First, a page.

This continues the Great Time for the Wesleyan Tradition series.  The last one is here.

The bulk of those in our tradition continued to interpret the Bible in an individual and direct way.  God might make a specific verse come alive just for you.  He might give you a “life verse” or give you specific directions from a phrase or word that jumped out at you.  The common origins of the Wesleyan and the Pentecostal tradition showed strongly in the way each used Scripture.  These pneumatic and non-contextual uses of Scripture were more individualized than throughout most of church history, but followed the same method many New Testament authors used.

But these were the non-intellectuals of our tradition.  The intellectuals of the Wesleyan tradition joined the stream of the fundamentalist-modernist controversy.  It is no surprise that when modernists were treating the Bible as if it were mythical and erroneous in the same way as any other ancient literature that Christians would respond by emphasizing Scripture’s truthfulness and inerrancy.  Evolution was the tool of social Darwinists and was presented in opposition to the Bible.  The bottom line is that those few Wesleyans who engaged in these debates understandably took the fundamentalist and then evangelical side in them.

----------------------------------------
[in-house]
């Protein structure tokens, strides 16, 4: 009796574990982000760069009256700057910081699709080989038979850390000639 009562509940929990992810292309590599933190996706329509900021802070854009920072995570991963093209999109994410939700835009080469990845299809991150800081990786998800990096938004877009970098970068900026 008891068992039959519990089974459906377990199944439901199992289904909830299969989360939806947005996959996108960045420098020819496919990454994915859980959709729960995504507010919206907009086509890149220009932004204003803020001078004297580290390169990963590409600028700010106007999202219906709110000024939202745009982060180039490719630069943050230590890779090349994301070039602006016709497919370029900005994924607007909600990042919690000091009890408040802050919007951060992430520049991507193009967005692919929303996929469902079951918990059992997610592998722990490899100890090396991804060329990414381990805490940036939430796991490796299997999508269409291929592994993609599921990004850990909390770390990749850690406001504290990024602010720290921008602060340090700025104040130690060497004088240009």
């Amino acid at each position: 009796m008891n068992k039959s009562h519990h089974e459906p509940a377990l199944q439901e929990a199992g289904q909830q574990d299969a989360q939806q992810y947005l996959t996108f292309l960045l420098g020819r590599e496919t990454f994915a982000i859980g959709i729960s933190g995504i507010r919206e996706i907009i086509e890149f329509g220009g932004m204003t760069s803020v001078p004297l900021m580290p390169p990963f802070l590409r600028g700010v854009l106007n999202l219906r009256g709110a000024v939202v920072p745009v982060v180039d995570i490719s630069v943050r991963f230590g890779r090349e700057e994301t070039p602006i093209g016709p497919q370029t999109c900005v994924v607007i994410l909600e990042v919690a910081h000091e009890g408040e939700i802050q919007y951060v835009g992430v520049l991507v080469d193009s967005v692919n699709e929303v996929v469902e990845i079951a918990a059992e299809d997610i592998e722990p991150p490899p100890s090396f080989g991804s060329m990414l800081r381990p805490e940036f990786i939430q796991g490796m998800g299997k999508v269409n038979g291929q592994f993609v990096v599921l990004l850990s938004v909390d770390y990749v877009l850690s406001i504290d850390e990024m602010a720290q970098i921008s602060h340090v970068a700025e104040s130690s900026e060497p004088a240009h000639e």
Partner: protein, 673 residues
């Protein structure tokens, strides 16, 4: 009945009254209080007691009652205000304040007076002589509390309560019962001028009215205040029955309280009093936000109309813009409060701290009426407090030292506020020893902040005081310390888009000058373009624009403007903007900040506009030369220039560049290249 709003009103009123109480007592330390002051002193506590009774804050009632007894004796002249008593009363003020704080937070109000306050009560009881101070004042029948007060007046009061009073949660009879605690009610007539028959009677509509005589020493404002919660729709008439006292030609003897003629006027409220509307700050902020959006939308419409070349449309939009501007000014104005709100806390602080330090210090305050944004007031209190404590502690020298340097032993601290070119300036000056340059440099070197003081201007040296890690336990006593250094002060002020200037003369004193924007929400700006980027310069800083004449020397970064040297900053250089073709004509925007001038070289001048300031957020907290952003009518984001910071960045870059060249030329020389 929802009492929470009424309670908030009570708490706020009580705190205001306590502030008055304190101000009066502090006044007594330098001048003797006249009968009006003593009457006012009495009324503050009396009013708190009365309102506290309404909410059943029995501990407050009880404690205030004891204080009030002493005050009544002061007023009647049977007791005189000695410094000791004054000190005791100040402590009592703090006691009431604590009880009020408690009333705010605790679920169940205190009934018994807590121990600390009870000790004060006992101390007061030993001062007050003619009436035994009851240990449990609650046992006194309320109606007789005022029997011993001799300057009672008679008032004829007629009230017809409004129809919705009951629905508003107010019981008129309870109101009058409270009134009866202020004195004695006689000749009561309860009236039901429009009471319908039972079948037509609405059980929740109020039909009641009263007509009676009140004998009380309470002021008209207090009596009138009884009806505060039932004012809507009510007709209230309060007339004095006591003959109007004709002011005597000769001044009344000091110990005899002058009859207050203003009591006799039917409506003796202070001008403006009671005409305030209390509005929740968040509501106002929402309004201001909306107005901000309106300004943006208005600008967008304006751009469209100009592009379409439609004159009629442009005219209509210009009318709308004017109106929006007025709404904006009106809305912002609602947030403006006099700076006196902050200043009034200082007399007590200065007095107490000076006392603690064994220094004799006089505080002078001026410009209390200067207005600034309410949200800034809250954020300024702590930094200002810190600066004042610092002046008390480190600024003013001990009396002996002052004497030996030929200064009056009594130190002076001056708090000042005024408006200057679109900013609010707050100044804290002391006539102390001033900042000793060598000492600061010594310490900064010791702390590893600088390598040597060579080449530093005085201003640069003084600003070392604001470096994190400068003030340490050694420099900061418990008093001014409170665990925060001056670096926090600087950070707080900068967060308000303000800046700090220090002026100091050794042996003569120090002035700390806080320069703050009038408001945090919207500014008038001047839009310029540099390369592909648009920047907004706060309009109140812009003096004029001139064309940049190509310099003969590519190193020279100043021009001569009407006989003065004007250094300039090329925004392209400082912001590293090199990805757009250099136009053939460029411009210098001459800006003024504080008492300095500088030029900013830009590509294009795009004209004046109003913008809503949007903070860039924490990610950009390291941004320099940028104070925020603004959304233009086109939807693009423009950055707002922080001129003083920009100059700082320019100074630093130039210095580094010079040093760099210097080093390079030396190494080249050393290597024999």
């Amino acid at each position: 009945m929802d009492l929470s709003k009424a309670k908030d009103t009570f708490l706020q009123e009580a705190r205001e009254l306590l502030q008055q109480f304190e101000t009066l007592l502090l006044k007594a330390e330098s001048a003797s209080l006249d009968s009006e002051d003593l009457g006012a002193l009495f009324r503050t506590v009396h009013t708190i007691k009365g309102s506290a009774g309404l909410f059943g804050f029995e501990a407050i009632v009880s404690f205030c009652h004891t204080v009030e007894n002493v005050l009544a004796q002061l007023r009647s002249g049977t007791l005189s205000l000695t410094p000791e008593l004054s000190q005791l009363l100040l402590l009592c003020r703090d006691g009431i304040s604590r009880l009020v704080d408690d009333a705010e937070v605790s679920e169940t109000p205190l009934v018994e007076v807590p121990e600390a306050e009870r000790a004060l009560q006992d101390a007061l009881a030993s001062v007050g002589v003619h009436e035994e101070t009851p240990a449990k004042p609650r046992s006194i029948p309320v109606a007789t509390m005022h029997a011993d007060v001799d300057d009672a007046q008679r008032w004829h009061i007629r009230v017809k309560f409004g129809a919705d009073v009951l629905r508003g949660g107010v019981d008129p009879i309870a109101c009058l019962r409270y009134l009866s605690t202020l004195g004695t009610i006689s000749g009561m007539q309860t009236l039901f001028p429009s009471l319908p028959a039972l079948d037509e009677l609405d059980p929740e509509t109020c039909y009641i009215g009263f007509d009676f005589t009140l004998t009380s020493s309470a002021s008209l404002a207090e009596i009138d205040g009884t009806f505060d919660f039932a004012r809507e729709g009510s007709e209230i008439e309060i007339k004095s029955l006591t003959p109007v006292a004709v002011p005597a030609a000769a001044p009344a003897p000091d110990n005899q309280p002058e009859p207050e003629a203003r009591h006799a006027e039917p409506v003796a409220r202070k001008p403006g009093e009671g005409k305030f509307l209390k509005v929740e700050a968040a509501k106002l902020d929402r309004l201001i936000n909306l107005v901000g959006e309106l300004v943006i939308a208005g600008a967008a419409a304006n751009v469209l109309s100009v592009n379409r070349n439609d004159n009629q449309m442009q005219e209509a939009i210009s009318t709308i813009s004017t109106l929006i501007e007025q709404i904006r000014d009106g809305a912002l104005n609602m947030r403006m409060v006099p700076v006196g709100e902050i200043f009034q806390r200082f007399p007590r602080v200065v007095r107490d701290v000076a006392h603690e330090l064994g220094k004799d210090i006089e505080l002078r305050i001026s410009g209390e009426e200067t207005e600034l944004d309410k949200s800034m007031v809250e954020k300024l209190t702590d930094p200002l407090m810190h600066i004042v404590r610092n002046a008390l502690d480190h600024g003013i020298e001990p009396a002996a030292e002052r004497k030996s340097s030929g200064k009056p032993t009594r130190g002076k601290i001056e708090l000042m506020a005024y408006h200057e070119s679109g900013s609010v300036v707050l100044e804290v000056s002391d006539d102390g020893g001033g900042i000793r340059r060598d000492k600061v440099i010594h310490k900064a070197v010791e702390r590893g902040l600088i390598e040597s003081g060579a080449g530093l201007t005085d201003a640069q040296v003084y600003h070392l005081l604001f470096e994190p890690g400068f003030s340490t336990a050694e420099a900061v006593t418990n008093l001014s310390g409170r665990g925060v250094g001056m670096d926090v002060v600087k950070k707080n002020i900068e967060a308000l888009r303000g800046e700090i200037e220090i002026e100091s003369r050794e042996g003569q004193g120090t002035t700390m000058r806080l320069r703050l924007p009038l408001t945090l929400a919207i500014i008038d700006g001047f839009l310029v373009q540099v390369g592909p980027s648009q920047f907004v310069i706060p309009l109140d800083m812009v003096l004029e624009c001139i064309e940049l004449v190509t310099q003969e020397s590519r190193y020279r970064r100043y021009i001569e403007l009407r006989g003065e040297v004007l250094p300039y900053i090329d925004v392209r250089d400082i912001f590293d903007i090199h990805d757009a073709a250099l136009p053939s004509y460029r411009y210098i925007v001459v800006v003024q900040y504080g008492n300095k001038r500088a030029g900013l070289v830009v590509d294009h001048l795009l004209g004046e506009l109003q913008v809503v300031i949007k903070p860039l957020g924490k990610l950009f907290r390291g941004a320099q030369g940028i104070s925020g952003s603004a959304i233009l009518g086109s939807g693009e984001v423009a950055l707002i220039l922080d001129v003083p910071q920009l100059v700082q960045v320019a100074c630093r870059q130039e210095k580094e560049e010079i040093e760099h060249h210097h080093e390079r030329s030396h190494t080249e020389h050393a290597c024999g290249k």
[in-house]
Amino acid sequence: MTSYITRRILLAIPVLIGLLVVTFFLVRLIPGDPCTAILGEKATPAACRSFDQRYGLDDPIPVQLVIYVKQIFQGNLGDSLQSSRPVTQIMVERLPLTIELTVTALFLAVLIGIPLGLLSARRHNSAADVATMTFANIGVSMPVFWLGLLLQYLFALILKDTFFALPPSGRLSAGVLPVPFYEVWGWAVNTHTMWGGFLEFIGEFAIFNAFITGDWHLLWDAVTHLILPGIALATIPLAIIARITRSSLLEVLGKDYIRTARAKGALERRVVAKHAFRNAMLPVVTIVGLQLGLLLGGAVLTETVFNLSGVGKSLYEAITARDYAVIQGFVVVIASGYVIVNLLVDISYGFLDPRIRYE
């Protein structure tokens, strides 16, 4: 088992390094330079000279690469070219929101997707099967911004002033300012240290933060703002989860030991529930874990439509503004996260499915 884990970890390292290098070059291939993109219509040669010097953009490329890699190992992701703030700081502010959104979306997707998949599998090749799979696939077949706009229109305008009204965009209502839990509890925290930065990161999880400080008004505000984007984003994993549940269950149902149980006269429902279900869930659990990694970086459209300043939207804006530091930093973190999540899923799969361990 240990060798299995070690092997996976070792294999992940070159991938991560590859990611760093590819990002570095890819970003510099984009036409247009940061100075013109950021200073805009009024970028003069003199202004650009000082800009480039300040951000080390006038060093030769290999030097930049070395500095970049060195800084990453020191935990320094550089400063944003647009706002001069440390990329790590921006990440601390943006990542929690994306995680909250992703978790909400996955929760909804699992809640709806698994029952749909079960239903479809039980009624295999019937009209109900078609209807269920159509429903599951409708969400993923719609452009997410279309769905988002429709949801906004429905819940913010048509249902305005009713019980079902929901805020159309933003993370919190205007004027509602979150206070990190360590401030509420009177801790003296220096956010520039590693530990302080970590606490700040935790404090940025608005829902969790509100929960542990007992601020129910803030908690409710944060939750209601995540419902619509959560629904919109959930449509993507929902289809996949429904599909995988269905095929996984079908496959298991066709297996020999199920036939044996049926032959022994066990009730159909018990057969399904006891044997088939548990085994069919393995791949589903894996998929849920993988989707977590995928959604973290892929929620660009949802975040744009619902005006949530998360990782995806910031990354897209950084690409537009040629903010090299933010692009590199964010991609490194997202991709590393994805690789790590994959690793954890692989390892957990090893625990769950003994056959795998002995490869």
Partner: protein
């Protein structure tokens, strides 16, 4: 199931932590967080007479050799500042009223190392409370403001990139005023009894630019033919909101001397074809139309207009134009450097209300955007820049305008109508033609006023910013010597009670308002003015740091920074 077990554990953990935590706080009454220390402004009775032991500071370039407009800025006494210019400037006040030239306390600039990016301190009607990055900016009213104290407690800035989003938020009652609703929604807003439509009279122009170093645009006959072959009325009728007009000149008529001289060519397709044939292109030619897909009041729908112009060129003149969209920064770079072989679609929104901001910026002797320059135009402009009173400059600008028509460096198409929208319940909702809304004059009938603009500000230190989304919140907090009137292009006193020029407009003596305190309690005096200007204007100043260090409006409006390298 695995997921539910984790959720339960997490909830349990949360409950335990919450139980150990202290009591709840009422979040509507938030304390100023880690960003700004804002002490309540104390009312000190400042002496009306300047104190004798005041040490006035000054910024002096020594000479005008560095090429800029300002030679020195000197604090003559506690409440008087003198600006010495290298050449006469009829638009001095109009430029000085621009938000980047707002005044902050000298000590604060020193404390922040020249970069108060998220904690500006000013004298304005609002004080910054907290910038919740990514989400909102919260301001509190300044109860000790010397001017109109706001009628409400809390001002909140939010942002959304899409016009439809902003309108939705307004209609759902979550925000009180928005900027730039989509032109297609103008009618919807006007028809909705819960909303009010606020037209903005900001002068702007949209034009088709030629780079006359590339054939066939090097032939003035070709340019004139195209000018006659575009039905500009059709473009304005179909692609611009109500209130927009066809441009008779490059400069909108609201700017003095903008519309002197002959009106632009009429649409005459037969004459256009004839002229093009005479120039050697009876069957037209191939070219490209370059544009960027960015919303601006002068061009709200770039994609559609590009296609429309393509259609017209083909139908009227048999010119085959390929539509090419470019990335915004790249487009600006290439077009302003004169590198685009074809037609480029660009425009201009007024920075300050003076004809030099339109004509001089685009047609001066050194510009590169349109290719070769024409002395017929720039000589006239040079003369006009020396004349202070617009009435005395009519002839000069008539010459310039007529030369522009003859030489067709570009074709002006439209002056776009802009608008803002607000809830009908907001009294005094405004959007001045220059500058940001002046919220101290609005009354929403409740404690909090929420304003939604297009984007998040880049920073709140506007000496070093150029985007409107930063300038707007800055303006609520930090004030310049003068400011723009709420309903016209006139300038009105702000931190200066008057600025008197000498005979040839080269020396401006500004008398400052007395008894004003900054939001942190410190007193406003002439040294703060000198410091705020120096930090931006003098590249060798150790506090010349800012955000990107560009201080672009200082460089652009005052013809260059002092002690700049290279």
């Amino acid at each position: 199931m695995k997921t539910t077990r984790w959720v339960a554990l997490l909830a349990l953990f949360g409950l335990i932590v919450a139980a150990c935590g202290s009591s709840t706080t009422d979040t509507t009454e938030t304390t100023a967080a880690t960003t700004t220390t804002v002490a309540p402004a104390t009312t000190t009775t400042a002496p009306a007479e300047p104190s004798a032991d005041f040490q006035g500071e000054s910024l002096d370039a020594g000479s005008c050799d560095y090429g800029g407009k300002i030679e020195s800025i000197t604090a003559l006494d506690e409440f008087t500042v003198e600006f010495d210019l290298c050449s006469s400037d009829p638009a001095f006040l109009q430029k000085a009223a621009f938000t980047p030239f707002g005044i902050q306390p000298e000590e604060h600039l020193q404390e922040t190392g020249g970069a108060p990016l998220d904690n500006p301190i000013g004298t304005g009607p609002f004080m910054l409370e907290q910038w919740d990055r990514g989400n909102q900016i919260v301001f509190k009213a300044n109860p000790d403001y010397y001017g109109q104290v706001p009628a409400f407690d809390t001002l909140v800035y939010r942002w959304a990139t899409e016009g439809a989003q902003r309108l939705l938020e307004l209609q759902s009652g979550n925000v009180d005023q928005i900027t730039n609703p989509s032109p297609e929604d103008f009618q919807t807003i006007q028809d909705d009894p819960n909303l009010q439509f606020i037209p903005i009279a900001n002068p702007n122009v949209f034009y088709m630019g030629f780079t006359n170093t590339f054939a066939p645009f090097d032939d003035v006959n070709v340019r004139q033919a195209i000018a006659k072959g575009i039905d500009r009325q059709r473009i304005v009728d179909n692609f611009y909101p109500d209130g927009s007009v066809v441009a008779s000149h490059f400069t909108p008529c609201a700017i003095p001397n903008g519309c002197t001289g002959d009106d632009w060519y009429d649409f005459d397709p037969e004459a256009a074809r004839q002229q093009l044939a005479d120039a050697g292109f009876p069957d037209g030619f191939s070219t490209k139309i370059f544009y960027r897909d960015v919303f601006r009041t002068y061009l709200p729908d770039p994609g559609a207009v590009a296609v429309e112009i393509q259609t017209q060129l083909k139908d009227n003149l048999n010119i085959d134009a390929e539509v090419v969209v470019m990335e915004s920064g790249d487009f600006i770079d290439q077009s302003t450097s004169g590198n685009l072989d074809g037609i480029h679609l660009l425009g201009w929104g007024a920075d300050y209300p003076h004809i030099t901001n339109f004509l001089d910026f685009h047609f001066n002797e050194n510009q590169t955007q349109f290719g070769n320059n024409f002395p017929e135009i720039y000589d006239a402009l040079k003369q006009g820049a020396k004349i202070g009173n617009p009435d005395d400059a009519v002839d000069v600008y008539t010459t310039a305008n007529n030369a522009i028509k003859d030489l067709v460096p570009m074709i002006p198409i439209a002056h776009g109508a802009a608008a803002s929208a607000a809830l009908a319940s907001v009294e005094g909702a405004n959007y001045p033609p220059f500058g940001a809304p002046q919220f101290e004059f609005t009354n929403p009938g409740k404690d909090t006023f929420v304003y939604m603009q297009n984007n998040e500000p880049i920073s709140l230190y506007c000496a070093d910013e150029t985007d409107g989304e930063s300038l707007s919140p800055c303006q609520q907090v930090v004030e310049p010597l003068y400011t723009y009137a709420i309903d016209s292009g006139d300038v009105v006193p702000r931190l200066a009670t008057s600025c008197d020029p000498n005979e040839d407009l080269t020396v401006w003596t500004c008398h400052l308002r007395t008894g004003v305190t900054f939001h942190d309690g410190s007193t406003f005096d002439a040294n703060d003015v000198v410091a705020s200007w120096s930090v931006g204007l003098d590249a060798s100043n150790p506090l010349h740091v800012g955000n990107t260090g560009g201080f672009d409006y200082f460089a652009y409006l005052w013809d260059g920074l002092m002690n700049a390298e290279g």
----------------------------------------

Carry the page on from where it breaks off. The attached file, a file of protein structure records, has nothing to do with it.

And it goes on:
But of course the bulk of Wesleyans in the pew were not engaged in such debates.  Those who were took on the errors of that debate.  In particular, both sides in the fundamentalist-modernist debate operated with the same modernist assumptions, leading to some of the key peculiarities of late twentieth century evangelicalism.  For example, the entire debate about the truthfulness of Scripture operated almost exclusively in terms of precise historicity and often a simplistically literal understanding of the Bible. 

At the beginning of the twenty-first century, most Wesleyan Bible scholars would recognize that these standards of error are largely foreign to the biblical text.  Most Wesleyan denominations have actually removed the word inerrancy from their articles of religion because of the modernist baggage attached to the word.  Those like the Wesleyan Church that have retained the word have done so without giving it the precise definition it had among the Calvinist evangelicals who promoted it in the mid-twentieth century.

Perhaps the most redeeming aspect of late twentieth century Wesleyanism was the emphasis on mission and evangelism.  It was neither legalism nor fundamentalism that was the emphasis of the last quarter of the twentieth century.  Rather, the focus was on church growth and evangelism.  Even here, however, the emphasis often deteriorated into a myopic focus on numbers.

We must thus view the preoccupations of twentieth century Wesleyanism as mixed.  They continued to preach the power of the Spirit over sin in the Christian life and some lived it authentically.  Others got sidetracked into legalism.  The popular Wesleyan continued to hear the Spirit in the words of Scripture.  Others got too preoccupied with defending the Bible on a playing field set by the Enlightenment, rather than by the Bible itself.  The emphasis on the mission of the church continued, but often with hostility to social justice and with a shallow focus on numbers…